When an army scout retires to a farm in New Mexico he takes pity on a white woman and her "half-breed" son recently rescued from Indians, and invites them to join him. He does this even ... See full summary »
Eva Marie Saint,
In 1944, Capt. Josiah J. Newman is the doctor in charge of Ward 7, the neuropsychiatric ward, at an Army Air Corps hospital in Arizona. The hospital is under-resourced and Newman scrounges ... See full summary »
Discovering her boyfriend is married, a young lady attempts to take her life, pausing only to phone a Help Line. Finding herself very much alive in hospital she meets the priest who took ... See full summary »
Victor and Hillary are down on their luck to the point that they allow tourists to take guided tours of their castle. But Charles Delacro, a millionaire oil tycoon, visits, and takes a ... See full summary »
Toward the end of his life F. Scott Fitzgerald is writing for Hollywood studios to be able to afford the cost of an asylum for his wife. He is also struggling against alcoholism. Into his life comes the famous gossip columnist.
An American scientist is sent to Red China to steal the formula for a newly developed agricultural enzyme. What he is not told by his bosses is that a micro-sized bomb has been planted in ... See full summary »
Professor David Pollock is an expert in ancient Arabic hieroglyphics. A Middle Eastern Prime Minister convinces Pollock to infiltrate the organization of a man named Beshraavi, who is involved in a plot against the Prime Minister. The nature of the plot is believed to be found in a hieroglyphic code. Beshraavi's mistress, Yasmin Azir is a mystery intertwined in the plot. Pollock needs her help, but when she repeatedly seems to double cross him in one escapade after another, he can't decide on whose side she is working. Ultimately working together, Pollock and Yasmin decipher the plot and set out to stop an assassination of the Prime Minister. Written by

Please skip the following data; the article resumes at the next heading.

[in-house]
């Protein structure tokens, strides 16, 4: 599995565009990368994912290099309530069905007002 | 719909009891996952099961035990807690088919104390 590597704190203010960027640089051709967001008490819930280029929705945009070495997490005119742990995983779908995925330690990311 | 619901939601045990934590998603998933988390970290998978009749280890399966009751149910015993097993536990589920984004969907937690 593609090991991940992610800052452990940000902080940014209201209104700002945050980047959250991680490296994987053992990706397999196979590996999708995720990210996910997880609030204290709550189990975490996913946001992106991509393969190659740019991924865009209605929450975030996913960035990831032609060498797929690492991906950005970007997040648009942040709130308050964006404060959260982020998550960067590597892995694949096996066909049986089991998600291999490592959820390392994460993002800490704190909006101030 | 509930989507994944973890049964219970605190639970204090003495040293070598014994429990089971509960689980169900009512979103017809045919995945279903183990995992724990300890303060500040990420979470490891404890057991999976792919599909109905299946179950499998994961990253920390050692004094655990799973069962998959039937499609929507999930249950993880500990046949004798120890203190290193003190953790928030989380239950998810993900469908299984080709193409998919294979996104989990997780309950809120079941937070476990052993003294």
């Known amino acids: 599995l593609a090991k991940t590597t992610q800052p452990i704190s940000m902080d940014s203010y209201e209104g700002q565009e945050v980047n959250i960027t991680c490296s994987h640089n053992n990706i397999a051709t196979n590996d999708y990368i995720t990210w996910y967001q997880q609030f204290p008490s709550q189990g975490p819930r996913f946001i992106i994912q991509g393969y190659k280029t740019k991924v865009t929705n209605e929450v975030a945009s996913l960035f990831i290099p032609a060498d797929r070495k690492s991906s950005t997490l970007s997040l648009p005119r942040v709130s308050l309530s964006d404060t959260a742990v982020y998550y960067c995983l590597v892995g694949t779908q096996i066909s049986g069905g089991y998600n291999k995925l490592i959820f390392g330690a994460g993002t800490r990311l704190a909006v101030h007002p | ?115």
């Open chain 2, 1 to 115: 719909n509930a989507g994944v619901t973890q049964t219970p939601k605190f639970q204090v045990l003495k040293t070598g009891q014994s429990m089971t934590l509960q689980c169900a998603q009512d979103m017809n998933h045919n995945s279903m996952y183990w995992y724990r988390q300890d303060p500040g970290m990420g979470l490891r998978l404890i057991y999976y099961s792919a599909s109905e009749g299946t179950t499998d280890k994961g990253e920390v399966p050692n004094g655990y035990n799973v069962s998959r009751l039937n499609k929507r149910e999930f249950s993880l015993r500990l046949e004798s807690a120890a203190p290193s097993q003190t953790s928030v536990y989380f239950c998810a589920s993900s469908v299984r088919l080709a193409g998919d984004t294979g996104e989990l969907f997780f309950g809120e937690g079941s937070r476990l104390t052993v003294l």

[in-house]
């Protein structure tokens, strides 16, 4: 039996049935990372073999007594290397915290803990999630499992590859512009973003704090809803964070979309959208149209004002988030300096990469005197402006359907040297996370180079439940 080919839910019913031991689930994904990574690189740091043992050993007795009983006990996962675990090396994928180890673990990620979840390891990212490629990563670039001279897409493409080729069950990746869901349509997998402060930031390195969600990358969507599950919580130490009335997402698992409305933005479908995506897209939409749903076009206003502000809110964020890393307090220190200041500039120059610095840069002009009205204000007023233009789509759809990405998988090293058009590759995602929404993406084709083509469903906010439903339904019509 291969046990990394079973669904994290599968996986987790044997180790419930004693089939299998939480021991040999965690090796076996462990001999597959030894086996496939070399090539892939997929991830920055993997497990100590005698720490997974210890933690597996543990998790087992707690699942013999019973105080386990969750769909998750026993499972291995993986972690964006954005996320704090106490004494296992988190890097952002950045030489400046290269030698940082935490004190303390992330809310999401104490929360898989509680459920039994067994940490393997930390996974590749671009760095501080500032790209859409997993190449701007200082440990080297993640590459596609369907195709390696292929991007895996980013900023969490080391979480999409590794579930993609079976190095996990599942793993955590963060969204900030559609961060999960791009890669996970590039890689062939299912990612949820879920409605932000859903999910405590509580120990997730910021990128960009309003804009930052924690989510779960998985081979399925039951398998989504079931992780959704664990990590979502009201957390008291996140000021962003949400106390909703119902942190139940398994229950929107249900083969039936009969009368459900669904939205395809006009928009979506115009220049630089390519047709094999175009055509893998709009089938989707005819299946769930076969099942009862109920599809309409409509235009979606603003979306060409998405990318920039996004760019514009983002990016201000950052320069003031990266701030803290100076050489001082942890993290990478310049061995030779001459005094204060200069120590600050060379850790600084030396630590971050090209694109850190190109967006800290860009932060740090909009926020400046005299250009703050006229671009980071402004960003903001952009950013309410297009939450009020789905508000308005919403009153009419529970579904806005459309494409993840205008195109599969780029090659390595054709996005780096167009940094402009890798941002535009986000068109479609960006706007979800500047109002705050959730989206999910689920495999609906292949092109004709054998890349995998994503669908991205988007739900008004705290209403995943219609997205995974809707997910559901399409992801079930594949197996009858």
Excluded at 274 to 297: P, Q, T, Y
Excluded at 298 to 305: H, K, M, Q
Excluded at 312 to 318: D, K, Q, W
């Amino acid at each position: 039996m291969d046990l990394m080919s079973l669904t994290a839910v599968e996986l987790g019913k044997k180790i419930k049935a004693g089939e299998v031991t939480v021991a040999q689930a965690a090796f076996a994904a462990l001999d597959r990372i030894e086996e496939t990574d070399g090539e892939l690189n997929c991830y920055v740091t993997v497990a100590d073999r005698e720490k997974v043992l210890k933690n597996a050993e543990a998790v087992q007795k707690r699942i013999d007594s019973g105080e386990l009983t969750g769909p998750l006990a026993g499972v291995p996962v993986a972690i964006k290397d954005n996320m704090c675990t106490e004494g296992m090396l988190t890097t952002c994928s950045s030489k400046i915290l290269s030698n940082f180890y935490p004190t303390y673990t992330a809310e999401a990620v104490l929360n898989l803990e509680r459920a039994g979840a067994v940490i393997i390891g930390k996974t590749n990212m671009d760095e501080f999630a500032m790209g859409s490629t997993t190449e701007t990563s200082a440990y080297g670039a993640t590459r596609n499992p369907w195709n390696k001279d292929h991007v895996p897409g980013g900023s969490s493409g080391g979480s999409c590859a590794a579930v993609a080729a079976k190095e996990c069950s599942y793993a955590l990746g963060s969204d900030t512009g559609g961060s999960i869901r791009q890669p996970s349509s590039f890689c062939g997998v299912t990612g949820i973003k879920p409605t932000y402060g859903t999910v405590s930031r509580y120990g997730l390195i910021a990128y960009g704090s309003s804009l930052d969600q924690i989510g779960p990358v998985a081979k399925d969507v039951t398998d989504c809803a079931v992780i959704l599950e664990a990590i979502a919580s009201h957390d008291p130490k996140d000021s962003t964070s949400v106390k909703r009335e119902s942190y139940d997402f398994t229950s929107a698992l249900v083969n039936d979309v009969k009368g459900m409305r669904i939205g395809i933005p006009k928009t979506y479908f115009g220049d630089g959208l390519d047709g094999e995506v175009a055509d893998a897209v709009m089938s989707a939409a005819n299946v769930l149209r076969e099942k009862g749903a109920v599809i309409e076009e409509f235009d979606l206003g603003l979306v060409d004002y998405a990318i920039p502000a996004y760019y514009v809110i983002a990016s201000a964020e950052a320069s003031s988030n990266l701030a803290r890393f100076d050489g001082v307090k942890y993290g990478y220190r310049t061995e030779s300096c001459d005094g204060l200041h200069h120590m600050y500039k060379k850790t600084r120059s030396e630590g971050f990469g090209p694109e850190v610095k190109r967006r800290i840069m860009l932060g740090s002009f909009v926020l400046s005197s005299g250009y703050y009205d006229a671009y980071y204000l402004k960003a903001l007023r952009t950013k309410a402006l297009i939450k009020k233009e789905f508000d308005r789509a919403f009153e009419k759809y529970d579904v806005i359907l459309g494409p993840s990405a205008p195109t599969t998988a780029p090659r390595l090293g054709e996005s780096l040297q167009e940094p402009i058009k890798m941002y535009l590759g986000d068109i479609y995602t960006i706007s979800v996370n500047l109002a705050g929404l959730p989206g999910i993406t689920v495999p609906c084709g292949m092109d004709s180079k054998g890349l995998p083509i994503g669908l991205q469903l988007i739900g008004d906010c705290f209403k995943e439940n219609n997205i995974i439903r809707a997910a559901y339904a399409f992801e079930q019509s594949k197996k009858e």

E.W. DesMarais <email@example.com>
The steamer trunk has both padlocks intact once it has been removed from the truck despite the fact that the good professor broke them both when rescuing the prime minister from within. See more »
There is no reference to the movie's title, "Arabesque". The references are all to the original book's title, which was "The Cipher". See more »
That cipher, *where is it*?
Ask me later alligator.
*Where is it*?
I left it at Beshraavi's. After all, it belongs to him.
Wrong again teach. He snatched it. Belongs to this cat right here. Now where is it?
Miss Azir, after all we've been through together couldn't you find it in your heart to put in a small word on my behalf?
He told me he had it in his pocket.
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Not only is the whole cinematography clever (love those shots with actors in the mirrors) but this is one of those hidden gems from the '60s. The whole look and feel just oozes what you imagine the '60s to be--intrigue, mysterious/swarthy foreign spies, a totally cool/hot babe (Sophia Loren could not be any more gorgeous) and a handsome yet bumbling professor (Gregory Peck out harrison Ford-ing Harrison Ford years ahead of the curve). The dialog also sparkles with that old sort of Kate Hepburn--Cary Grant type interplay albeit at a much more languid and sexier pace. There are also hints of Hitchcock and Orson Welles in the story telling and directorial style.
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